I’ll be appearing on tonight’s Tom Sullivan Show on Fox Business News at 7 pm ET, with repeats at 10 ET and tomorrow at 3am, 5am, & 7pm ET. Topics will include the sharp decrease in gun violence, the issue of increasing disability claims, and Mark Sanford’s return to Congress.
May 11, 2013, 12:45pm | Ed Morrissey
“Why do you need Google on your face?” Scott Stein notes that Google already has had some privacy issues in the past. Frankly, I’m more concerned with the safety issues. Stein notes that the proliferation of smartphones already has drivers texting and e-mailing when they should be watching the road, and this won’t improve that problem by much.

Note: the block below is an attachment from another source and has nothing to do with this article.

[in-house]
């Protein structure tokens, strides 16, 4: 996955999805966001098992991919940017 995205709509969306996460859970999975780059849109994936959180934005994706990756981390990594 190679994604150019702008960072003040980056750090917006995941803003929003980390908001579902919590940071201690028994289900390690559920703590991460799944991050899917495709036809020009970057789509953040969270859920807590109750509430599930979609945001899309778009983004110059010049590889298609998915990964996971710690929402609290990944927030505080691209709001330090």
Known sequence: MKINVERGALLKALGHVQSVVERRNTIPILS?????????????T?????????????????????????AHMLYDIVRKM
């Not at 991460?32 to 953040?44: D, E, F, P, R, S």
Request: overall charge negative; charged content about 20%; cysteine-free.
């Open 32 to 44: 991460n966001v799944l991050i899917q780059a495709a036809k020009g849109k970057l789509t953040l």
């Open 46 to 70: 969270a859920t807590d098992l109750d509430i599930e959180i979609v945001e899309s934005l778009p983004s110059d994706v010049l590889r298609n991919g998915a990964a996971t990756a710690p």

But what about the surveillance issue and privacy? That’s going to be a big question, but not as big as the price tag:
$1500 to look like the Borg? Pass, at least for now. I wear prescription specs and have no desire to wear contact lenses (my astigmatism doesn’t make me a great candidate for them anyway), so I won’t be trying out Google Glasses any time soon. I don’t think it will take too long, though, before these become as ubiquitous on the street as people with Bluetooth earpieces holding phone conversations.
Speaking of which, I recently joked that twenty years ago, we assumed anyone walking around talking to no one in particular was crazy; now we just assume they’re on a cell phone call. How about people who stare at you for no discernible reason in the age of Google Glasses? Do we assume they’re lost in thought, as we do now, or videotaping us?
May 11, 2013, 11:47am | Ed Morrissey